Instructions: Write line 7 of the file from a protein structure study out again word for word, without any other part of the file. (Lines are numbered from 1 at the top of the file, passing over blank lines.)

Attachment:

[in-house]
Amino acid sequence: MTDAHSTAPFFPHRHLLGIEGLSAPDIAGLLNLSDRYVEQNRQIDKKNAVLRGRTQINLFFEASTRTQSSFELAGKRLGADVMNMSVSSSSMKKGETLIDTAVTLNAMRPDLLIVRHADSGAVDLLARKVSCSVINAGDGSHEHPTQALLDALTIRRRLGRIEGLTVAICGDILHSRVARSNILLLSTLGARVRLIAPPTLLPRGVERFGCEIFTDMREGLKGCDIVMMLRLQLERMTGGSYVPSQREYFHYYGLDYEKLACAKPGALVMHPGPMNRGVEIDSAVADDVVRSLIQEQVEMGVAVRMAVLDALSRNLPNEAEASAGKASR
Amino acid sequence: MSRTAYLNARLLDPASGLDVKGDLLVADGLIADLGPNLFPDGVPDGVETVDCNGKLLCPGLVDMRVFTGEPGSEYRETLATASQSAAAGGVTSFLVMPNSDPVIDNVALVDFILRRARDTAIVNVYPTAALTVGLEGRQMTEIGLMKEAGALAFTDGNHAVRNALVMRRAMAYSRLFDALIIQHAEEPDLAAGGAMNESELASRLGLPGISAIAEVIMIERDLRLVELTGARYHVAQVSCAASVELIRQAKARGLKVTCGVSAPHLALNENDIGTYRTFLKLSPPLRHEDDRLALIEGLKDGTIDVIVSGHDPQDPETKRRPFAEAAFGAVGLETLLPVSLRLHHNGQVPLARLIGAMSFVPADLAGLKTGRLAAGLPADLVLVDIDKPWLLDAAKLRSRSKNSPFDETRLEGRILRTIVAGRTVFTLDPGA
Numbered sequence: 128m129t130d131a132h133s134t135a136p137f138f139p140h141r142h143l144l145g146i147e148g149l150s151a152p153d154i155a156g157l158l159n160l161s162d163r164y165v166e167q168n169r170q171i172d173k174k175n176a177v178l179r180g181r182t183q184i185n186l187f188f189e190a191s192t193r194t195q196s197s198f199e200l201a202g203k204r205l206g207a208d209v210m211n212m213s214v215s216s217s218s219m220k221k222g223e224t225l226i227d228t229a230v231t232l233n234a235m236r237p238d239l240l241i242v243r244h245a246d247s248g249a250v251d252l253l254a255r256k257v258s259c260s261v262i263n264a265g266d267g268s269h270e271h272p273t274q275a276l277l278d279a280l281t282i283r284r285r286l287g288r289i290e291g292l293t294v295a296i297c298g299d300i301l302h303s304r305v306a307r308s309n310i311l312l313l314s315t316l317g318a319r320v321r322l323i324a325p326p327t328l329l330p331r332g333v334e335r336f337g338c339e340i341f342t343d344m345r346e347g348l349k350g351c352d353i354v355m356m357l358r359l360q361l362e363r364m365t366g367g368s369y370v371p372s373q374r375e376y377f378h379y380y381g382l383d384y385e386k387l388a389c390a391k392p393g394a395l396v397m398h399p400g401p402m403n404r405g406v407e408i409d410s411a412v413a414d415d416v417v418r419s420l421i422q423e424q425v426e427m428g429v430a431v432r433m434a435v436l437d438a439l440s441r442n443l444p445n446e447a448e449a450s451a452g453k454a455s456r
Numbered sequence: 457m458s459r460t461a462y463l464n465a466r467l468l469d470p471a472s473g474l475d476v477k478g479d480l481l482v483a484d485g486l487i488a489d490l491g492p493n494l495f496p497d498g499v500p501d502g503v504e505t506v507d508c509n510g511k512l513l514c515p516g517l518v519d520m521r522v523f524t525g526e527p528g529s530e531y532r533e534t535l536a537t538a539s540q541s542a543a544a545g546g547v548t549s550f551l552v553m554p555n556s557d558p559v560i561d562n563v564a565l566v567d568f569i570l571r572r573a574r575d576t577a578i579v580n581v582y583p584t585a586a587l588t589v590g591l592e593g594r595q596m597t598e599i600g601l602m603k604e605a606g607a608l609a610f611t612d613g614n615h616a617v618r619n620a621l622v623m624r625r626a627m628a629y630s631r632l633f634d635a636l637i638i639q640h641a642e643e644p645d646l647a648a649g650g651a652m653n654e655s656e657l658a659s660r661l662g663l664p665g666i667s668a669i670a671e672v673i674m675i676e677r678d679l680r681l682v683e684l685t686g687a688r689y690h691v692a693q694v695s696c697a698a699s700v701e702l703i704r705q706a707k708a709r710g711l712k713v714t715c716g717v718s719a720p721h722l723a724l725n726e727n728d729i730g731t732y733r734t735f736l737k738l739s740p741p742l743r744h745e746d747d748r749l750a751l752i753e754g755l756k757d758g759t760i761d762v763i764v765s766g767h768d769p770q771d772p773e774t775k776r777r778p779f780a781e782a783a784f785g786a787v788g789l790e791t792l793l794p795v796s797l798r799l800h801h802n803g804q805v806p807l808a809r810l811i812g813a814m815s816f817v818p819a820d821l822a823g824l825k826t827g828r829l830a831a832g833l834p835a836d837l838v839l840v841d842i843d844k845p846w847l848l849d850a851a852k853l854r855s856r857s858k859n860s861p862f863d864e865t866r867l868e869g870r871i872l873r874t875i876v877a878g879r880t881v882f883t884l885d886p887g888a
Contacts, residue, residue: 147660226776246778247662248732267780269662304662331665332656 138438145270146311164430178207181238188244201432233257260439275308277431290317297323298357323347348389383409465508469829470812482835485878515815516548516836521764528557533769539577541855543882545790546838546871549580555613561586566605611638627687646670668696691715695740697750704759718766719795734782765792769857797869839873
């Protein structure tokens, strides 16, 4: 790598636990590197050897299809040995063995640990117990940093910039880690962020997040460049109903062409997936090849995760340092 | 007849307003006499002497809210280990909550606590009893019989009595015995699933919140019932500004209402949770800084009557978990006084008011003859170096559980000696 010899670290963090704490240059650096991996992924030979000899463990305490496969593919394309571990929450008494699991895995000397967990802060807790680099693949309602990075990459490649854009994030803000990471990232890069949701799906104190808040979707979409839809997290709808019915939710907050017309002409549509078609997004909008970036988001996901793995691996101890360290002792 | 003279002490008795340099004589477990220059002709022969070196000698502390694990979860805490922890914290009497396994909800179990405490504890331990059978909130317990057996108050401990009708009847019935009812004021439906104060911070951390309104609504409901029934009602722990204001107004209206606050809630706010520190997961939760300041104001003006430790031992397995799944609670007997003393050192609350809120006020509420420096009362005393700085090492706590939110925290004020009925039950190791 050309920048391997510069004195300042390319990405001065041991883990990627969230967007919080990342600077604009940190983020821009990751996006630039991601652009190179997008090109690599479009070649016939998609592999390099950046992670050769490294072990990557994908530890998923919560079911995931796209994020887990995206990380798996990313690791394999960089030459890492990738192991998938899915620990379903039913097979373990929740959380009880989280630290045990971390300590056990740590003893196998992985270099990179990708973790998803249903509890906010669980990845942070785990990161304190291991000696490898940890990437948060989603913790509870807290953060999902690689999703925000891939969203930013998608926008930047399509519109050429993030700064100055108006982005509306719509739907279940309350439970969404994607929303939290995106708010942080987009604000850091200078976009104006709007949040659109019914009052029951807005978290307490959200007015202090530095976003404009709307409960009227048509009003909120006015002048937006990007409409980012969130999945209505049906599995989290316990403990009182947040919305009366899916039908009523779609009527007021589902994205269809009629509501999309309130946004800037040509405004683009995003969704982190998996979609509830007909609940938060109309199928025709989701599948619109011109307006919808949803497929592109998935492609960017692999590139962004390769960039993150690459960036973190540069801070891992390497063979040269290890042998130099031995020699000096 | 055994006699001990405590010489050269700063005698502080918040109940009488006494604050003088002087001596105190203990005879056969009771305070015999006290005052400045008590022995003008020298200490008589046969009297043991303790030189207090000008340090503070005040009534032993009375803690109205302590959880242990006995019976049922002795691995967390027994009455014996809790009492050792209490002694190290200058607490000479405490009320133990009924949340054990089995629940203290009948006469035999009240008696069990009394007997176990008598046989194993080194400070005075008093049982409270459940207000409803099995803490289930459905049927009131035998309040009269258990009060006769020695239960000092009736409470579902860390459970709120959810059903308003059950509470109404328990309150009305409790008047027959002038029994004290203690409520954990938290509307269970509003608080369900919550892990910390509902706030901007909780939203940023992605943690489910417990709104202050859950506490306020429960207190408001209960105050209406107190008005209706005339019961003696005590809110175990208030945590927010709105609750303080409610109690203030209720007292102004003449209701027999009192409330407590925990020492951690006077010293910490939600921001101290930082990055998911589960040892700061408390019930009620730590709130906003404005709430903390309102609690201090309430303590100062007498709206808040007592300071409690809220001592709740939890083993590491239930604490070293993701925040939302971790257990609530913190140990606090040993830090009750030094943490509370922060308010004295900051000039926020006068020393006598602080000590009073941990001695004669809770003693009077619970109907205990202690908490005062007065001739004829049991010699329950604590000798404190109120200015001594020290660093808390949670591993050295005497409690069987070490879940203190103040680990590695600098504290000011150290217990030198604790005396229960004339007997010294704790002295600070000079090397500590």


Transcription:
């Protein structure tokens, strides 16, 4: 790598636990590197050897299809040995063995640990117990940093910039880690962020997040460049109903062409997936090849995760340092 | 007849307003006499002497809210280990909550606590009893019989009595015995699933919140019932500004209402949770800084009557978990006084008011003859170096559980000696 010899670290963090704490240059650096991996992924030979000899463990305490496969593919394309571990929450008494699991895995000397967990802060807790680099693949309602990075990459490649854009994030803000990471990232890069949701799906104190808040979707979409839809997290709808019915939710907050017309002409549509078609997004909008970036988001996901793995691996101890360290002792 | 003279002490008795340099004589477990220059002709022969070196000698502390694990979860805490922890914290009497396994909800179990405490504890331990059978909130317990057996108050401990009708009847019935009812004021439906104060911070951390309104609504409901029934009602722990204001107004209206606050809630706010520190997961939760300041104001003006430790031992397995799944609670007997003393050192609350809120006020509420420096009362005393700085090492706590939110925290004020009925039950190791 050309920048391997510069004195300042390319990405001065041991883990990627969230967007919080990342600077604009940190983020821009990751996006630039991601652009190179997008090109690599479009070649016939998609592999390099950046992670050769490294072990990557994908530890998923919560079911995931796209994020887990995206990380798996990313690791394999960089030459890492990738192991998938899915620990379903039913097979373990929740959380009880989280630290045990971390300590056990740590003893196998992985270099990179990708973790998803249903509890906010669980990845942070785990990161304190291991000696490898940890990437948060989603913790509870807290953060999902690689999703925000891939969203930013998608926008930047399509519109050429993030700064100055108006982005509306719509739907279940309350439970969404994607929303939290995106708010942080987009604000850091200078976009104006709007949040659109019914009052029951807005978290307490959200007015202090530095976003404009709307409960009227048509009003909120006015002048937006990007409409980012969130999945209505049906599995989290316990403990009182947040919305009366899916039908009523779609009527007021589902994205269809009629509501999309309130946004800037040509405004683009995003969704982190998996979609509830007909609940938060109309199928025709989701599948619109011109307006919808949803497929592109998935492609960017692999590139962004390769960039993150690459960036973190540069801070891992390497063979040269290890042998130099031995020699000096 | 055994006699001990405590010489050269700063005698502080918040109940009488006494604050003088002087001596105190203990005879056969009771305070015999006290005052400045008590022995003008020298200490008589046969009297043991303790030189207090000008340090503070005040009534032993009375803690109205302590959880242990006995019976049922002795691995967390027994009455014996809790009492050792209490002694190290200058607490000479405490009320133990009924949340054990089995629940203290009948006469035999009240008696069990009394007997176990008598046989194993080194400070005075008093049982409270459940207000409803099995803490289930459905049927009131035998309040009269258990009060006769020695239960000092009736409470579902860390459970709120959810059903308003059950509470109404328990309150009305409790008047027959002038029994004290203690409520954990938290509307269970509003608080369900919550892990910390509902706030901007909780939203940023992605943690489910417990709104202050859950506490306020429960207190408001209960105050209406107190008005209706005339019961003696005590809110175990208030945590927010709105609750303080409610109690203030209720007292102004003449209701027999009192409330407590925990020492951690006077010293910490939600921001101290930082990055998911589960040892700061408390019930009620730590709130906003404005709430903390309102609690201090309430303590100062007498709206808040007592300071409690809220001592709740939890083993590491239930604490070293993701925040939302971790257990609530913190140990606090040993830090009750030094943490509370922060308010004295900051000039926020006068020393006598602080000590009073941990001695004669809770003693009077619970109907205990202690908490005062007065001739004829049991010699329950604590000798404190109120200015001594020290660093808390949670591993050295005497409690069987070490879940203190103040680990590695600098504290000011150290217990030198604790005396229960004339007997010294704790002295600070000079090397500590």